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This Billionaire's Goal Was To Die A Broke Man – So He Gave Away His $8 Billion Fortune
Charles Feeney
Uplifting News

This Billionaire's Goal Was To Die A Broke Man – So He Gave Away His $8 Billion Fortune

Charles "Chuck" Feeney decided that he wanted to take his philanthropic work to the next level by going completely broke. So he set out to give away his $8 billion fortune away.

Many dream to amass a fortune but few can reach that goal. After Irish-American billionaire Charles “Chuck” Feeney met that goal, he set himself another one – to give all that money away and die a broke man.

Feeney is the co-founder of airport retail chain Duty Free Shoppers (DFS), and though he has always been a major philanthropist, many have never heard of him, because he’s also famously reclusive.

Philanthropy to the Extreme

Everyone knows the Musks and Zuckerbergs of this world, who also have given back some of their money and time to philanthropic causes. Feeney, though, gave away all of his money and is now penniless. Deliberately!

But it’s not like you can take it with you, right?

“We learned a lot. We would do some things differently, but I am very satisfied. I feel very good about completing this on my watch,” Feeney told Forbes. “My thanks to all who joined us on this journey. And to those wondering about Giving While Living: Try it, you'll like it.”

The "James Bond of Philanthropy"

Since 1984, Feeney has given away money to educational institutions, human rights groups and social causes, including a $76 million grant for grassroots campaigns supporting the passage of Obamacare.

In fact, his foundation, Atlantic Philanthropies, went out of business this week after giving away more than $8 billion worldwide over the span of 40 years. And most of the time, he gave that money away anonymously. Because of that, Forbes has called him the "James Bond of Philanthropy."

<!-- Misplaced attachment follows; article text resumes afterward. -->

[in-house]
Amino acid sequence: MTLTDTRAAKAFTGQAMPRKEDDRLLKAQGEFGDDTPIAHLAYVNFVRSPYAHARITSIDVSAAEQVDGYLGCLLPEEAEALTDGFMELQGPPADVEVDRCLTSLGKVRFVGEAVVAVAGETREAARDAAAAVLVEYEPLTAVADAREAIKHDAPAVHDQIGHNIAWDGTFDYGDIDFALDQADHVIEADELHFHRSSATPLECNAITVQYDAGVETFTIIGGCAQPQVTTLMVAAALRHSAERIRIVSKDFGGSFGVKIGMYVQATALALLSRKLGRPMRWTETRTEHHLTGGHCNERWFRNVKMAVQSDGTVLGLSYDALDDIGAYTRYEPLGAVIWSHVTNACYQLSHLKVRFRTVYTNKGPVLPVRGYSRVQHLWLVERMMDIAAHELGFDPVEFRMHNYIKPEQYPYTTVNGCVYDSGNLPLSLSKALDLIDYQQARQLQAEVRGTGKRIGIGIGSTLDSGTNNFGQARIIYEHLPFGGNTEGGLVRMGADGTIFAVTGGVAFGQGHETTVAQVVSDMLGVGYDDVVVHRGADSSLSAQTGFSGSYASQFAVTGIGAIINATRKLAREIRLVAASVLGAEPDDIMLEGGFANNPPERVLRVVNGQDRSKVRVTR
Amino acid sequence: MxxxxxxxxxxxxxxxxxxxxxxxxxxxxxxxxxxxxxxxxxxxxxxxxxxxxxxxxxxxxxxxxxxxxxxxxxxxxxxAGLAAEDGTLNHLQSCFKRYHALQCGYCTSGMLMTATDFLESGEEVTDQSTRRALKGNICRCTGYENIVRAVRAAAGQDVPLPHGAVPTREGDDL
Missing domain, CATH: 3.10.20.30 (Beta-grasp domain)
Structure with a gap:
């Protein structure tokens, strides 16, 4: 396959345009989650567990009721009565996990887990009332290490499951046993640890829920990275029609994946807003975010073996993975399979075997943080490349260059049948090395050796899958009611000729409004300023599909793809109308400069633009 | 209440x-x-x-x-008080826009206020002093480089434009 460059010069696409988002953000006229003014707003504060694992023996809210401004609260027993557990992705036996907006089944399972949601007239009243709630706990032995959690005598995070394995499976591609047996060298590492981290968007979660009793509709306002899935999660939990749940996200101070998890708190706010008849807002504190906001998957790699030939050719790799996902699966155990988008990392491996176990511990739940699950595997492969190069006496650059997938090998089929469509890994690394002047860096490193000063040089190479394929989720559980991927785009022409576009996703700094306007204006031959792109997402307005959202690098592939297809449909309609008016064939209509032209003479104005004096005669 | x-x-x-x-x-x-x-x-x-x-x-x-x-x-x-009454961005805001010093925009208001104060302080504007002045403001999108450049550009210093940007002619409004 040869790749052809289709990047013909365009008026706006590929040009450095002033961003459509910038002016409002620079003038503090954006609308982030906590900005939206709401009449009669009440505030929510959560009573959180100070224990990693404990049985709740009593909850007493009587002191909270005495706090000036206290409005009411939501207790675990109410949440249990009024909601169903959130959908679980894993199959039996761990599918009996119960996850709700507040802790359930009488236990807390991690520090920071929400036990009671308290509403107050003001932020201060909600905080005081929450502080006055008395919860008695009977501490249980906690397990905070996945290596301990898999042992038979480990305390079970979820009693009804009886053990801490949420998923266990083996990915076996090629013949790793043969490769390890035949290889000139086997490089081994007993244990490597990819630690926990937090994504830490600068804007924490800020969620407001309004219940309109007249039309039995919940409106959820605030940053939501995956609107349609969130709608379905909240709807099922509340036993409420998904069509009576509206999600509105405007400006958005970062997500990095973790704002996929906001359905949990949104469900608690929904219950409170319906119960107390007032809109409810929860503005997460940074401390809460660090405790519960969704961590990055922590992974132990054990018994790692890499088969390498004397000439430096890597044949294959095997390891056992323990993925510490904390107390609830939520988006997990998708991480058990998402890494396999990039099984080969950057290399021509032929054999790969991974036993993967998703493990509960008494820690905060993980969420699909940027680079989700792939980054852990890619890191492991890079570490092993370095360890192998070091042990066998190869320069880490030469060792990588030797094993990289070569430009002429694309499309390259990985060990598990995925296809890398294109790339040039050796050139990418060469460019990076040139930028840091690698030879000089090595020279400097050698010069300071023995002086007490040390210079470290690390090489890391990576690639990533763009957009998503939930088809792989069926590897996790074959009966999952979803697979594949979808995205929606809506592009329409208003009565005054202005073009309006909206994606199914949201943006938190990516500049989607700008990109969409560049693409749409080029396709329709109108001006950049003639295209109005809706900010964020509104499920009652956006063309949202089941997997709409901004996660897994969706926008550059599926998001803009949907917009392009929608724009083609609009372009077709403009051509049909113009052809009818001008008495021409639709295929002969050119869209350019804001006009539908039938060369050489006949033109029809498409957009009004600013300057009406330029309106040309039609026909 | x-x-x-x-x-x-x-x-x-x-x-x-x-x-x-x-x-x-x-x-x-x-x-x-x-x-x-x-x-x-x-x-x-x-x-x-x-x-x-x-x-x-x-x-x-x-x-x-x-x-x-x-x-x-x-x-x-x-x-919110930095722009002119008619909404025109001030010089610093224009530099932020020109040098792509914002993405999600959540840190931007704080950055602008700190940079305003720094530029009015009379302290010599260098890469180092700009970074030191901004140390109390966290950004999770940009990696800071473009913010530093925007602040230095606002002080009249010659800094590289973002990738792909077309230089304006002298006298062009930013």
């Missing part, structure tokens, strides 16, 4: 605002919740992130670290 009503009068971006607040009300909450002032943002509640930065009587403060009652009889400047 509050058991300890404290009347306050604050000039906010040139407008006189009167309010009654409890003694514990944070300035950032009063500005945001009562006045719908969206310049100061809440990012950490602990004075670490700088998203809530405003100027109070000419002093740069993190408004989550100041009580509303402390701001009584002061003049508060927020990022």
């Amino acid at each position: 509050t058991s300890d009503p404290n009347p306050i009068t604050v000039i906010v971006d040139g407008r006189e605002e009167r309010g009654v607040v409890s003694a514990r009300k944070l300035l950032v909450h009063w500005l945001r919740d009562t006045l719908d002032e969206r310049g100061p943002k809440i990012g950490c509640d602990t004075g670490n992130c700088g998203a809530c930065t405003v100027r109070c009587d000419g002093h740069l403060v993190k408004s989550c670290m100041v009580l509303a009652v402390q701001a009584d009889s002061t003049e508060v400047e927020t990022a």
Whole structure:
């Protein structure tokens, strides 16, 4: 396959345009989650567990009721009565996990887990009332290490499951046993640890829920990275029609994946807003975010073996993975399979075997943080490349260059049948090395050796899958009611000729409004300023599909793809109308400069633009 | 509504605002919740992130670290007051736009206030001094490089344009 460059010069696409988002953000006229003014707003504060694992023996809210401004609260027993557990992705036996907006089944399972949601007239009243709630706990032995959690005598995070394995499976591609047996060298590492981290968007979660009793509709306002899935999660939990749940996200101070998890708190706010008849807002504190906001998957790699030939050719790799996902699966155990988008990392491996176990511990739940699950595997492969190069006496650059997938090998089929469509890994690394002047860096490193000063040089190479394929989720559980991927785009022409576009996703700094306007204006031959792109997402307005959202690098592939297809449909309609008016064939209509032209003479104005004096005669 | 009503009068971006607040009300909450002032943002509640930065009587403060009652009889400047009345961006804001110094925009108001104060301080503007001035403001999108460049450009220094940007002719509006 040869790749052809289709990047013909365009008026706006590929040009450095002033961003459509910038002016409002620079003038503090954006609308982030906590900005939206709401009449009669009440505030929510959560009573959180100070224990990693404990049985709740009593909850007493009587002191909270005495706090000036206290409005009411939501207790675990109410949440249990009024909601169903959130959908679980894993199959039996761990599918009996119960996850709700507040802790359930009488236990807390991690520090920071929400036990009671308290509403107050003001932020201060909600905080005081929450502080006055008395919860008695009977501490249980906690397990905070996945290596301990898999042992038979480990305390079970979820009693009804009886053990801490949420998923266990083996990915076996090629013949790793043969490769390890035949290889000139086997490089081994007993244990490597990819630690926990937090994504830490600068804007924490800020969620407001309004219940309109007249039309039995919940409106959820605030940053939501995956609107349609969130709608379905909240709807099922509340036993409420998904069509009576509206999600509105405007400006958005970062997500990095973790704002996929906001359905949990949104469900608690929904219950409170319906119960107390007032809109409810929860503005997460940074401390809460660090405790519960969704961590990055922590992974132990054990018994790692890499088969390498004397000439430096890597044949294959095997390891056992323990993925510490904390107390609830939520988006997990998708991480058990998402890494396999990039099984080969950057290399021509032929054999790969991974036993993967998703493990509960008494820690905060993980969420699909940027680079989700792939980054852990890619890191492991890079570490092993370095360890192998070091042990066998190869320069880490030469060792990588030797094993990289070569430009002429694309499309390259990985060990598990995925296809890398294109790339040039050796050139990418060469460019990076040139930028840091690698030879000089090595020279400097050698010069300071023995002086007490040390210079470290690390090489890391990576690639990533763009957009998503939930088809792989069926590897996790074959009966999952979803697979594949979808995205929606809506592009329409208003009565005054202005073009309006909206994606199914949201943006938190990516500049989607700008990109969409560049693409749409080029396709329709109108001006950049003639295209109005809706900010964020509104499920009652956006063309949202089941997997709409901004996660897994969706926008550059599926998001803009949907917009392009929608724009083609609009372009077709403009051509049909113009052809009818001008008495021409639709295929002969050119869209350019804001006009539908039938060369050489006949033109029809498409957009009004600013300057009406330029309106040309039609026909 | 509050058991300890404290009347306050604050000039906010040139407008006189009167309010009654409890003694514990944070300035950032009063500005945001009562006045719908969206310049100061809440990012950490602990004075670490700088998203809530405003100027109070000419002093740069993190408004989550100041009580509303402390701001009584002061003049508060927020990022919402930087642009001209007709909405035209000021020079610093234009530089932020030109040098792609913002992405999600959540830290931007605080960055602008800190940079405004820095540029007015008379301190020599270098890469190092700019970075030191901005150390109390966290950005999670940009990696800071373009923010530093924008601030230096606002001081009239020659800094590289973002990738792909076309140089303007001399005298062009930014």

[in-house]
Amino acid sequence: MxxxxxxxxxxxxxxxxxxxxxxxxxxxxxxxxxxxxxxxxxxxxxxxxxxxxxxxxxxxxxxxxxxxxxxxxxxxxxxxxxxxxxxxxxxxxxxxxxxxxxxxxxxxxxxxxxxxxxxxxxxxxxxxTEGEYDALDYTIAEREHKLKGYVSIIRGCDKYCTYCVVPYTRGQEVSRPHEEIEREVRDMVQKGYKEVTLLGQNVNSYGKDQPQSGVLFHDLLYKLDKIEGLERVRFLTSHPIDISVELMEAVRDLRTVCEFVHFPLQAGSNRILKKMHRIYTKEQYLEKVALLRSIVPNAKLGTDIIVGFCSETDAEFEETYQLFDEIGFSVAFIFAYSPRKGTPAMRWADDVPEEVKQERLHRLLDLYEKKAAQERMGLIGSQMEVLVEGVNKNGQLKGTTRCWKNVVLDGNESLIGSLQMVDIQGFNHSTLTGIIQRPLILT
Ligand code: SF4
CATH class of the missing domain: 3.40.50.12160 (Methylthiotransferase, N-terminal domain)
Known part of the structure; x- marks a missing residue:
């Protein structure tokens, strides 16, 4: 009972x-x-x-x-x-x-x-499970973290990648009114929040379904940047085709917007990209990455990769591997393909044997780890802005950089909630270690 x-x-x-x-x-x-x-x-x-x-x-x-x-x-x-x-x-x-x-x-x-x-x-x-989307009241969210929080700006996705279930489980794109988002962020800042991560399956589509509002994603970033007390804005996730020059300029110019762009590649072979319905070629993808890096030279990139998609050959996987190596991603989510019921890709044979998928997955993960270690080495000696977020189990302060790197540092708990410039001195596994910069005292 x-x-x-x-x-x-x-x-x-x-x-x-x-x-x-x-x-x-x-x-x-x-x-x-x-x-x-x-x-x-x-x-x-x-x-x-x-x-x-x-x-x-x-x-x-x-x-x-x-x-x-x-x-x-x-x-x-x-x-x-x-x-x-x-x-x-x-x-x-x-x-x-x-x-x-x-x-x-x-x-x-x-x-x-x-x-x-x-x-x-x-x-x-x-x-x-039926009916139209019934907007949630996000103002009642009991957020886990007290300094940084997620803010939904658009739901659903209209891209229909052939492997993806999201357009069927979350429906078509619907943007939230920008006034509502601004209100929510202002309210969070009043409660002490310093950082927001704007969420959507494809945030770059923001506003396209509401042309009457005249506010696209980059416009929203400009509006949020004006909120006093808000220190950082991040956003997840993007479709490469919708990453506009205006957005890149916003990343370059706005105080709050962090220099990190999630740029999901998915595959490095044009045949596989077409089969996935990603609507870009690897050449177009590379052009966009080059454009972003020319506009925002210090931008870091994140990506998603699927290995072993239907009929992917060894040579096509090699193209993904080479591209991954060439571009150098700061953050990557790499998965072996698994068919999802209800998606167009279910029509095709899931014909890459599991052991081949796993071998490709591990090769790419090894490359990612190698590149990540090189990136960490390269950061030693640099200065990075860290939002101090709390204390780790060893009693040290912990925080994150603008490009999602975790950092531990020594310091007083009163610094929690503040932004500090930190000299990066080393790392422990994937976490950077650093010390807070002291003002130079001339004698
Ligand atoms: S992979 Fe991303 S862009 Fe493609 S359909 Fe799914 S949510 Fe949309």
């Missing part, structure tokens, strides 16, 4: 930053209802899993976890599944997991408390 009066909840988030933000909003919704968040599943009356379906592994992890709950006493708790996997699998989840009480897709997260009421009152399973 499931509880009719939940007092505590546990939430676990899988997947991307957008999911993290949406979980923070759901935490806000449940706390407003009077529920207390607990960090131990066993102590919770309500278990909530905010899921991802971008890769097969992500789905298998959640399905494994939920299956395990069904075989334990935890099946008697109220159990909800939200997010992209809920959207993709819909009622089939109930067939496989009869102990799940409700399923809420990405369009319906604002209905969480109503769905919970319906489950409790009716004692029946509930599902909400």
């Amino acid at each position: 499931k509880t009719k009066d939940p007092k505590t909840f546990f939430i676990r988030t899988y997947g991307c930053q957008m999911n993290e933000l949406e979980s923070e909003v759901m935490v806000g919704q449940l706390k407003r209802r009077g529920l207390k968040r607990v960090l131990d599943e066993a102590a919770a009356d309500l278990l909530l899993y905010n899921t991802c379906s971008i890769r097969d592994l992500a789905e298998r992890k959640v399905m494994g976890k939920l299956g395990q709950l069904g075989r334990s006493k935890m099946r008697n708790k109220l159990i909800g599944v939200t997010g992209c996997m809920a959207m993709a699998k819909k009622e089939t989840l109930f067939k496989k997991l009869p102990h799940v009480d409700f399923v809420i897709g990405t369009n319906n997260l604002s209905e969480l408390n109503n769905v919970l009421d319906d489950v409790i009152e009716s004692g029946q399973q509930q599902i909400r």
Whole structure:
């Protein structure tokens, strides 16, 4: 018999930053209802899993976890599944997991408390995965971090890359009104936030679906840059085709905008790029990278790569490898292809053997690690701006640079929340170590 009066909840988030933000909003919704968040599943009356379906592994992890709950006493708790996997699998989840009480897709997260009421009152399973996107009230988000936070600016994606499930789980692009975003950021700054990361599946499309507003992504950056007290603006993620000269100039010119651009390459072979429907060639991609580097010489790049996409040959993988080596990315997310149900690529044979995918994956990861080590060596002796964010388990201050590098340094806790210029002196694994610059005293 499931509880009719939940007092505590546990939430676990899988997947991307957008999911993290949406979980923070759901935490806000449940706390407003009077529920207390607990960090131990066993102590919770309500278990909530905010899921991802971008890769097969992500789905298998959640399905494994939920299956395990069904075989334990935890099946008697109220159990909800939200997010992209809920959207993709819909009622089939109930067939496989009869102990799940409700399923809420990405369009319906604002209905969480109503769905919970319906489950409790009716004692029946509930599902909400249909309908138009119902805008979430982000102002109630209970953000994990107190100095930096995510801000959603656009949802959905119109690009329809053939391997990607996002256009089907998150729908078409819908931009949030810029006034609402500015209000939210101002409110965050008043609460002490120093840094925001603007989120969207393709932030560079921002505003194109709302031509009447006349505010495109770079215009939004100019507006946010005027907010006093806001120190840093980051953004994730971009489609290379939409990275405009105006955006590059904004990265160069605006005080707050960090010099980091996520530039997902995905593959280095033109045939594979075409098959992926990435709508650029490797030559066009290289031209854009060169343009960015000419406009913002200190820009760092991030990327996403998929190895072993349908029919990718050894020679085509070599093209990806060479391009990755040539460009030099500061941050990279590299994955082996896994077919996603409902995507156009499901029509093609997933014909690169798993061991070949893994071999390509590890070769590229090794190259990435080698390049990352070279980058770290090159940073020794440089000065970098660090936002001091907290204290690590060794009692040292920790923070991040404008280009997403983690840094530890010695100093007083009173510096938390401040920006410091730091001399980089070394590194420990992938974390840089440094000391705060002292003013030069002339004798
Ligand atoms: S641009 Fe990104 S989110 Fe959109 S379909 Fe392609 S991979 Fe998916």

“When I first met him in 2012, he estimated he had set aside about $2 million for his and his wife’s retirement,” wrote Forbes editor Steven Bertoni, who has interviewed Feeney multiple times.

In other words, he’s given away 375,000% more money than his current net worth.

Steven Bertoni

He now lives in a modest apartment

Feeney now lives in San Francisco, in an apartment "that has the austerity of a freshman dorm room" according to Forbes.

And Feeney has always been understated, as proven by his anonymous philanthropic feats. Warren Buffett and Bill Gates have said Feeney was a inspiration for the Giving Pledge, a program to encourage billionaires to donate the majority of their wealth in their lifetimes.

“Chuck was a cornerstone in terms of inspiration for the Giving Pledge,” Warren Buffett said. “He’s a model for us all. It’s going to take me 12 years after my death to get done what he’s doing within his lifetime.” 

And Feeney's philanthropic work has also been significant. He solved major problems from restoring peace in Northern Ireland to refreshing Vietnam's health care system. He tackled his charitable work with intentionality, going after causes that he could tackle holistically.

His philosophy is nothing short of inspirational.

I see little reason to delay giving when so much good can be achieved through supporting worthwhile causes. Besides, it’s a lot more fun to give while you live than give while you’re dead.

Charles Feeney in Forbes

Where did his $8 billion go?

After shutting down Atlantic Philanthropies, where did his $8 billion fortune go?

Feeney dedicated $3.7 billion to education. More than $870 million were allocated to causes relating to human rights and social change--such as abolishing the death penalty in the U.S. He also gave away more than $700 million to health causes anywhere from America to Vietnam.

Don't wait to give back

Obviously, we're not all billionaires. Yet, we all have the capacity to give back. Whether it is with your time or your money, making a change in someone's life or working for a cause close to our hearts is something we can all do. With the way life goes, we can forget to give back, which is why it is important to make time for it.

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